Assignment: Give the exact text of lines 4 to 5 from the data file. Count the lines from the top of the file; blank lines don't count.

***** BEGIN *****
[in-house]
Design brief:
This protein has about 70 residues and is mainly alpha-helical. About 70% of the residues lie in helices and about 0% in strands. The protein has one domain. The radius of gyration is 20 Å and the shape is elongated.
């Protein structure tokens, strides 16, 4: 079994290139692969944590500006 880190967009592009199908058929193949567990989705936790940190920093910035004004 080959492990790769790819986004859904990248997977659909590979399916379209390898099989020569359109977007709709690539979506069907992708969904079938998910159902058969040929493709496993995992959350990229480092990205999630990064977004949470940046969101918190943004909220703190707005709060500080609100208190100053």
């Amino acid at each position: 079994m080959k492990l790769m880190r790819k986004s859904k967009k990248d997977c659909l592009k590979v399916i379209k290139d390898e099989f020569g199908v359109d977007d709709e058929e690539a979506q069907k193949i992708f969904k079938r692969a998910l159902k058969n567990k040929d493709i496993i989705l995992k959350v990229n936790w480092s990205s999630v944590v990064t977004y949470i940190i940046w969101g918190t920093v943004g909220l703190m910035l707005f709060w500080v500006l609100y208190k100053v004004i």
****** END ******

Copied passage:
């Protein structure tokens, strides 16, 4: 079994290139692969944590500006 880190967009592009199908058929193949567990989705936790940190920093910035004004 080959492990790769790819986004859904990248997977659909590979399916379209390898099989020569359109977007709709690539979506069907992708969904079938998910159902058969040929493709496993995992959350990229480092990205999630990064977004949470940046969101918190943004909220703190707005709060500080609100208190100053």
């Amino acid at each position: 079994m080959k492990l790769m880190r790819k986004s859904k967009k990248d997977c659909l592009k590979v399916i379209k290139d390898e099989f020569g199908v359109d977007d709709e058929e690539a979506q069907k193949i992708f969904k079938r692969a998910l159902k058969n567990k040929d493709i496993i989705l995992k959350v990229n936790w480092s990205s999630v944590v990064t977004y949470i940190i940046w969101g918190t920093v943004g909220l703190m910035l707005f709060w500080v500006l609100y208190k100053v004004i």